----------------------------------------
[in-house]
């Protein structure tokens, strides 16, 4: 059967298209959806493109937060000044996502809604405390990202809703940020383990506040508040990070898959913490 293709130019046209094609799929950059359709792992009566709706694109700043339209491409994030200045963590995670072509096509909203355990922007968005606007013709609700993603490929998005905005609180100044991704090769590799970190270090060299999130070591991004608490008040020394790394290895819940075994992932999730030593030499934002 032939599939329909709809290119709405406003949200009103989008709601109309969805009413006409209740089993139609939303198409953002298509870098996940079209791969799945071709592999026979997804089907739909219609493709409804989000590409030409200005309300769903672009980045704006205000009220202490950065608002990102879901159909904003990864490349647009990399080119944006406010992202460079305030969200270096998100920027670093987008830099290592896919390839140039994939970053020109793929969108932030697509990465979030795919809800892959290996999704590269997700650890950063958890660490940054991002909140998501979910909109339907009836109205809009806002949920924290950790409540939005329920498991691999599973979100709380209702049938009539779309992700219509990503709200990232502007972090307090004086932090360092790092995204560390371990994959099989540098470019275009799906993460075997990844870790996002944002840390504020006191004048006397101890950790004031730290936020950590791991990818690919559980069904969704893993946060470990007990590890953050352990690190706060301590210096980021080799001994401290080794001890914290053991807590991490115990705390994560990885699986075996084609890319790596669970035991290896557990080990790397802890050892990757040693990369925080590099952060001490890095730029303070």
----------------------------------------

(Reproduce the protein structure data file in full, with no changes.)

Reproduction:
[in-house]
């Protein structure tokens, strides 16, 4: 059967298209959806493109937060000044996502809604405390990202809703940020383990506040508040990070898959913490 293709130019046209094609799929950059359709792992009566709706694109700043339209491409994030200045963590995670072509096509909203355990922007968005606007013709609700993603490929998005905005609180100044991704090769590799970190270090060299999130070591991004608490008040020394790394290895819940075994992932999730030593030499934002 032939599939329909709809290119709405406003949200009103989008709601109309969805009413006409209740089993139609939303198409953002298509870098996940079209791969799945071709592999026979997804089907739909219609493709409804989000590409030409200005309300769903672009980045704006205000009220202490950065608002990102879901159909904003990864490349647009990399080119944006406010992202460079305030969200270096998100920027670093987008830099290592896919390839140039994939970053020109793929969108932030697509990465979030795919809800892959290996999704590269997700650890950063958890660490940054991002909140998501979910909109339907009836109205809009806002949920924290950790409540939005329920498991691999599973979100709380209702049938009539779309992700219509990503709200990232502007972090307090004086932090360092790092995204560390371990994959099989540098470019275009799906993460075997990844870790996002944002840390504020006191004048006397101890950790004031730290936020950590791991990818690919559980069904969704893993946060470990007990590890953050352990690190706060301590210096980021080799001994401290080794001890914290053991807590991490115990705390994560990885699986075996084609890319790596669970035991290896557990080990790397802890050892990757040693990369925080590099952060001490890095730029303070």